Government must create an enabling environment to attract the private sector to the housing sector, that’s according to the Chairman of Financial, infrastructure and technological development firm, Skidlab Ventures Ghana Ltd.
Sean Ekow Brown said his outfit is ready to support government significantly reduce the cost of operations in the housing sector.
Speaking to Joy Business after a signing agreement with Construction firm, AAK & Associates, Mr Ekow Brown said, “As long as government is providing an enabling environment there will be nothing to worry about. It will be difficult if the private sector does this alone.”
He believes the contract, which was awarded by the Housing Ministry will see the construction of 50,000 affordable housing units nationwide and it will be overseen by the Ministry of Works and Housing.
“It’s an arrangement between Skidlab and AAK & Associates. We’ve had series of interactions on best ways to partner us in the construction of affordable housing, We’ve got a contract from the ministry and we want the right partnership to hit the ground for 50,000 affordable housing units,” he stated.
Speaking at the signing in, CEO of Haswwani & Sons Inc, Abdul Hashwani, urged the Chinese company to prioiritze best standards to make this contract materialize.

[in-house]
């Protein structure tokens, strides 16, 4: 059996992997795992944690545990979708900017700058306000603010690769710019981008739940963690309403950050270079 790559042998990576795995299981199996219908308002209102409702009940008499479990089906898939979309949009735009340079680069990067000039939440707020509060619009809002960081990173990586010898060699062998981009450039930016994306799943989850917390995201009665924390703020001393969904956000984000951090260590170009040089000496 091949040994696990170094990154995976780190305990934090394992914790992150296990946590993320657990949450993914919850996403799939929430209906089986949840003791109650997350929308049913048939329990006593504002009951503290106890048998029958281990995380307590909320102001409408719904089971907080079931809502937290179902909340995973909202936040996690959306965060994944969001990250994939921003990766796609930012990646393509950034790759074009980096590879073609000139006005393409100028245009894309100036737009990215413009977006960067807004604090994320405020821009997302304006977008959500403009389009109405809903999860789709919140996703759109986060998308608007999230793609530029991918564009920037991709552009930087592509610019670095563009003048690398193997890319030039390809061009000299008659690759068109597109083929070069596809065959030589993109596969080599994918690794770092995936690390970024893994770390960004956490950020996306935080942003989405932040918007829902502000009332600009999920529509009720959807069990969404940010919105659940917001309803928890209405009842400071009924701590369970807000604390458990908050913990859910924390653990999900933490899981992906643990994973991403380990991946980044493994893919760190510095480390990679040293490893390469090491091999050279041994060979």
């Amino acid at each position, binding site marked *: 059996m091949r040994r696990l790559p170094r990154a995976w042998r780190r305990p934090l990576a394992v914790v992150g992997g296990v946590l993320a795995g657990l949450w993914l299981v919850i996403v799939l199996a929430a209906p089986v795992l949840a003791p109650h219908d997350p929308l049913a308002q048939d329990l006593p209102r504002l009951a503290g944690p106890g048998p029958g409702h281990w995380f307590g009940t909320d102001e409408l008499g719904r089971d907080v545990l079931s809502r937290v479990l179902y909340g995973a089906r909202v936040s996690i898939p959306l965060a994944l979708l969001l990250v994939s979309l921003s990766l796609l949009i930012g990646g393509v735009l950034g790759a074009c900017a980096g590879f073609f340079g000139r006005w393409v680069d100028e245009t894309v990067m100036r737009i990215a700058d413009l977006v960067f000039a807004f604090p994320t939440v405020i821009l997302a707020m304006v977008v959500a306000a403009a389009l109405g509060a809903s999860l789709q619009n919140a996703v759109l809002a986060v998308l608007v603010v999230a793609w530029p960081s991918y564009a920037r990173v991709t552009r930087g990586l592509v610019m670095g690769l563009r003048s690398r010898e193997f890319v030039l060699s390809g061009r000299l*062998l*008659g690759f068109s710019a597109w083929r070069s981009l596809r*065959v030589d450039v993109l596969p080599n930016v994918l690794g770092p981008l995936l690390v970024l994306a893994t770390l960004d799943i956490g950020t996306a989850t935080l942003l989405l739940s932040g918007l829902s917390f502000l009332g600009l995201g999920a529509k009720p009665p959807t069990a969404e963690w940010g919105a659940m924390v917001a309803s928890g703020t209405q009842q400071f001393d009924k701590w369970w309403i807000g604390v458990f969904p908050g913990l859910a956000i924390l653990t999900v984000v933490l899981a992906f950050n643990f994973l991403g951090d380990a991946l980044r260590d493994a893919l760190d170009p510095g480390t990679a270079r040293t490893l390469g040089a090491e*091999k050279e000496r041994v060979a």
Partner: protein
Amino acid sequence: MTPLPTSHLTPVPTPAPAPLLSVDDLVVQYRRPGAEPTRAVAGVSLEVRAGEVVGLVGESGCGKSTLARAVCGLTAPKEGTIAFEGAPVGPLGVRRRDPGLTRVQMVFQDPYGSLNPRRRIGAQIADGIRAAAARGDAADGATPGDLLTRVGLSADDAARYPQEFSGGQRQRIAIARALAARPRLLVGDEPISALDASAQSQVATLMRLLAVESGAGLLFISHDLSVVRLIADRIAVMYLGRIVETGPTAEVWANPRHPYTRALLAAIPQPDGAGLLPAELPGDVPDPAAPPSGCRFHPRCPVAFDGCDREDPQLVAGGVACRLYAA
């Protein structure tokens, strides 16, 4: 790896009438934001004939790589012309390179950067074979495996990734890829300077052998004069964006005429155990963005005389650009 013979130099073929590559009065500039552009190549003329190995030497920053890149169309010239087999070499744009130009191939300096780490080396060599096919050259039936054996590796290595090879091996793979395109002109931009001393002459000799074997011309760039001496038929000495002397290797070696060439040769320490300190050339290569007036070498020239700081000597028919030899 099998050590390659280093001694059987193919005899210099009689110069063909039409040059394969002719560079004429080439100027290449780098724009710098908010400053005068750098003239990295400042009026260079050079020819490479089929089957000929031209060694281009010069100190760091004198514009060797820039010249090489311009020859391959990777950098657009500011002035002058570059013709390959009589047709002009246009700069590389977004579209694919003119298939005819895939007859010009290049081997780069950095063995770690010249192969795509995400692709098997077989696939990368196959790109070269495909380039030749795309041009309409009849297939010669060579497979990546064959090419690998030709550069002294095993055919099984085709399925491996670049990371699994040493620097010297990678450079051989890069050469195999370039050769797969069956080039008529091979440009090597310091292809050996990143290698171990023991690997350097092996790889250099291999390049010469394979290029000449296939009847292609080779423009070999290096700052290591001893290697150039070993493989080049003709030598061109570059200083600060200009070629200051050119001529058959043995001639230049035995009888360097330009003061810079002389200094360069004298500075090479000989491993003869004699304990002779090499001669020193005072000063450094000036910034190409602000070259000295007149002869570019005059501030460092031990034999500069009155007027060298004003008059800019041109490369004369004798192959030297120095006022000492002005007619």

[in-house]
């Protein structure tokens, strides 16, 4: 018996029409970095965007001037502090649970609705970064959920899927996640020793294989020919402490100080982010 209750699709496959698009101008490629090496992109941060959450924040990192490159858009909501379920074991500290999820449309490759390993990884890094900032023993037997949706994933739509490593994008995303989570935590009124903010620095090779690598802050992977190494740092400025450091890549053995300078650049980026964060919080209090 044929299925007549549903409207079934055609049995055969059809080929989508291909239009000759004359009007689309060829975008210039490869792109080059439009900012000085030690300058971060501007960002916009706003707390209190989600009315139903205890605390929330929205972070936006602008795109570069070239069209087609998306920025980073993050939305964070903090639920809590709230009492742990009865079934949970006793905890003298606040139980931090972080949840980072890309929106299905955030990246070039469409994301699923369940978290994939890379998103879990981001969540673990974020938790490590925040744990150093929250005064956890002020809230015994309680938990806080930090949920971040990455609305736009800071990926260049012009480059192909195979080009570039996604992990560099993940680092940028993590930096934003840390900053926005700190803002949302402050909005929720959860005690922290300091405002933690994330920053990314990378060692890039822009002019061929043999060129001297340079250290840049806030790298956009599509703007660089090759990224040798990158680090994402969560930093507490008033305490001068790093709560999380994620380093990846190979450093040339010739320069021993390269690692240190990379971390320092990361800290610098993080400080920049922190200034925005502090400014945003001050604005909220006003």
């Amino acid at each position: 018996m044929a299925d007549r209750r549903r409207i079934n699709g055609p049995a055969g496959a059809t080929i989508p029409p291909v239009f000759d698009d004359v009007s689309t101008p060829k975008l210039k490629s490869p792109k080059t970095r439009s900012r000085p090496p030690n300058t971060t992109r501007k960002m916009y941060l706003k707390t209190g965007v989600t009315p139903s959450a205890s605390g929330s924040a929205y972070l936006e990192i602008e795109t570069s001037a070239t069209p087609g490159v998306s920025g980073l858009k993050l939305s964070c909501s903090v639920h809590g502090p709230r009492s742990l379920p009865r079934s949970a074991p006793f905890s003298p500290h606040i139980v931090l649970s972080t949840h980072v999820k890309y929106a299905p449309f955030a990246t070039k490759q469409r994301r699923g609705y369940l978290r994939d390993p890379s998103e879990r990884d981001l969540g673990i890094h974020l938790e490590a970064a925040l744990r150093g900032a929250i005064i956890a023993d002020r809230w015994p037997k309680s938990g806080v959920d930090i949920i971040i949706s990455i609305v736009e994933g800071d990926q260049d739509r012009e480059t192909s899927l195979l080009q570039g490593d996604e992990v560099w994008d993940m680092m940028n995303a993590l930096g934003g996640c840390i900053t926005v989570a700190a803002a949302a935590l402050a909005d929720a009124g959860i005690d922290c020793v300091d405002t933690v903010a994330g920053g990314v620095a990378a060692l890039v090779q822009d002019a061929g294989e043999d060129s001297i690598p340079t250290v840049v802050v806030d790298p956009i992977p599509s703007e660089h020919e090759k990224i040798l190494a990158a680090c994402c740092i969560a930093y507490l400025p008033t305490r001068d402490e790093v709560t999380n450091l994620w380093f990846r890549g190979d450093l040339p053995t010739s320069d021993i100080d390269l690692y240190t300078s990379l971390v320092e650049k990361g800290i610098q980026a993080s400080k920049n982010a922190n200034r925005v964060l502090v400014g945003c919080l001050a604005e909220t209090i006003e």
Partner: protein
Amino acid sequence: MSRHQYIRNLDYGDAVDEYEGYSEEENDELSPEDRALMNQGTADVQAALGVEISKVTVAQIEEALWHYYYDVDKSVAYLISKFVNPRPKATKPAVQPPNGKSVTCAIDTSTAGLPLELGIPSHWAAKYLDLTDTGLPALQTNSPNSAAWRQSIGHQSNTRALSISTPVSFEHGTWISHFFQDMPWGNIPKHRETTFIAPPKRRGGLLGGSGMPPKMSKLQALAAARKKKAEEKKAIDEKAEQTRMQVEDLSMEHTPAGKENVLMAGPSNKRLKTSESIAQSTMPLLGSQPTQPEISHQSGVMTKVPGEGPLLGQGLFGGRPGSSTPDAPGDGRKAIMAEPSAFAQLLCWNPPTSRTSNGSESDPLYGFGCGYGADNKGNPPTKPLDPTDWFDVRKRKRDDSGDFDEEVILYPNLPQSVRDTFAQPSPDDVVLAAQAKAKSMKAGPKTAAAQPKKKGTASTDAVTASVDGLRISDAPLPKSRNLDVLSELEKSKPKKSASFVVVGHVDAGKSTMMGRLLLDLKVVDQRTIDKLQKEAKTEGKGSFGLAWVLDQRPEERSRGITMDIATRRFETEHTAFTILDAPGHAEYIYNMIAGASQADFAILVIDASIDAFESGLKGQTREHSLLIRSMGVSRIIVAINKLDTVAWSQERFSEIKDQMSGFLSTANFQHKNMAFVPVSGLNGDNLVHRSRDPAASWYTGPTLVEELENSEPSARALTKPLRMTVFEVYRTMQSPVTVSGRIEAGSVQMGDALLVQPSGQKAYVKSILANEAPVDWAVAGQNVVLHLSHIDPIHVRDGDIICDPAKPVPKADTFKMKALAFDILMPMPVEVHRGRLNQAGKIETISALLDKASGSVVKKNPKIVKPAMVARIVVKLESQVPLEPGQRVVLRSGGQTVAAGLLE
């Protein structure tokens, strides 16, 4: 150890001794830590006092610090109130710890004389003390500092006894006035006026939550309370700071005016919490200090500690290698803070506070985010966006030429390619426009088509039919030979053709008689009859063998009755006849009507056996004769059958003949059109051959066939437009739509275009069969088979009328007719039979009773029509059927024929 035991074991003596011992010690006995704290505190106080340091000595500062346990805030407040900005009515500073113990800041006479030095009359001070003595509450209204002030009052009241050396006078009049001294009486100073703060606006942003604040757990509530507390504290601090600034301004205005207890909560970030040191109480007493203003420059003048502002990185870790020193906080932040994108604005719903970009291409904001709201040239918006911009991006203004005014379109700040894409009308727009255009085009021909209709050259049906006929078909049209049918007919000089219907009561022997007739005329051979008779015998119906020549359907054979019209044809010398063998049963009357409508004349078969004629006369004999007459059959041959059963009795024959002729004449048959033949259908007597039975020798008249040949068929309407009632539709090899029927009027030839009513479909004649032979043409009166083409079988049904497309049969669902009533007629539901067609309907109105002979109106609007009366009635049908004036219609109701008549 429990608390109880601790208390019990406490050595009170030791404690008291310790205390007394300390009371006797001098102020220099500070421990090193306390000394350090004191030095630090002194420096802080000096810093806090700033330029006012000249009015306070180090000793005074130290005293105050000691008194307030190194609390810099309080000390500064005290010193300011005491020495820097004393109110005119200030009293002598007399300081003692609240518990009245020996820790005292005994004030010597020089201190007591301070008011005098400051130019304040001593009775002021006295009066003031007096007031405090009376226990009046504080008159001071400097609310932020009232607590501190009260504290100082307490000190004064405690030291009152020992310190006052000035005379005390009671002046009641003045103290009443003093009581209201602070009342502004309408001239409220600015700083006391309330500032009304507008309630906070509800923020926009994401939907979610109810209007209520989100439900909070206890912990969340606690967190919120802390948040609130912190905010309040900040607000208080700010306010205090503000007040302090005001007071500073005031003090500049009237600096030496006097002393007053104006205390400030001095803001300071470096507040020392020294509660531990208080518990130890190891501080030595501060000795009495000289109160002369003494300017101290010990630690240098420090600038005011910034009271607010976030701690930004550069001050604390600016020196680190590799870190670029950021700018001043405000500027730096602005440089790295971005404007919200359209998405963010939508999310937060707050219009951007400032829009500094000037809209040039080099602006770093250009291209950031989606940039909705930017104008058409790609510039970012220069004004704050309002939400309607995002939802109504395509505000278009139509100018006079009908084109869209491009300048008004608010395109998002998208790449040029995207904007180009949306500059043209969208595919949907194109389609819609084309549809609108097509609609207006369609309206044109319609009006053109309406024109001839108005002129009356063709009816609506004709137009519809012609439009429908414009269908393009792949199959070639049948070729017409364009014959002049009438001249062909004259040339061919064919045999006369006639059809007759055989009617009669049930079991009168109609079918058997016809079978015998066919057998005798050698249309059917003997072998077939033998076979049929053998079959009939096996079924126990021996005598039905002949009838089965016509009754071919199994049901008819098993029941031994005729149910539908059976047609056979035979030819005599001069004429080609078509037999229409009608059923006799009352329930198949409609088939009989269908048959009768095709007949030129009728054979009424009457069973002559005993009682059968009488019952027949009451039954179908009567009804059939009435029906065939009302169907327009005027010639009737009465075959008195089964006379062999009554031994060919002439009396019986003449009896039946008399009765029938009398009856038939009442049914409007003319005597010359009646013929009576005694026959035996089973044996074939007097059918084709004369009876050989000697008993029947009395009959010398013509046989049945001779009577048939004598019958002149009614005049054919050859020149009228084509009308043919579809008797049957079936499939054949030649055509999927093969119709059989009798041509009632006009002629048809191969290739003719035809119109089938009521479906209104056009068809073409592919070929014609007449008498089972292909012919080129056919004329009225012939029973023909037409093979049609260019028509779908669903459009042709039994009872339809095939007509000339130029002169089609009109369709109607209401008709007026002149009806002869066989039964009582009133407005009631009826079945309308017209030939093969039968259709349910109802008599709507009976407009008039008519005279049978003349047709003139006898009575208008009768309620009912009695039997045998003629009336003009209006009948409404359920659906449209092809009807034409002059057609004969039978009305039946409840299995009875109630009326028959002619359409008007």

Housing and mortgage finance have experienced several difficulties in Ghana. Limited mortgages have been attributed to inadequate capital allocated to long-term financing, persistent gaps in borrower credit appraisals, and difficult macroeconomic conditions resulting in high interest rates. Similarly, housing microfinance has also encountered challenges in its consolidation, perhaps worse than mortgagees.
As such, many housing is out of the reach of many households in Ghana since the least expensive house would still be unaffordable to over 95 percent of Ghana’s urban population considering monthly mortgage repayments relative to household income of urban residents estimated at $4 735 (GH¢20 930).
The majority of housing, about 90 percent of the total, is delivered by individuals and the most common method the building is incremental construction, where owners self-manage, relying on craftsmen and tradesmen to build progressively, dictated by the availability of funds.
This trend has implications on the quantity and quality of the dwellings. The result has been overcrowding, particularly in urban areas, evidenced in the Greater Accra Region.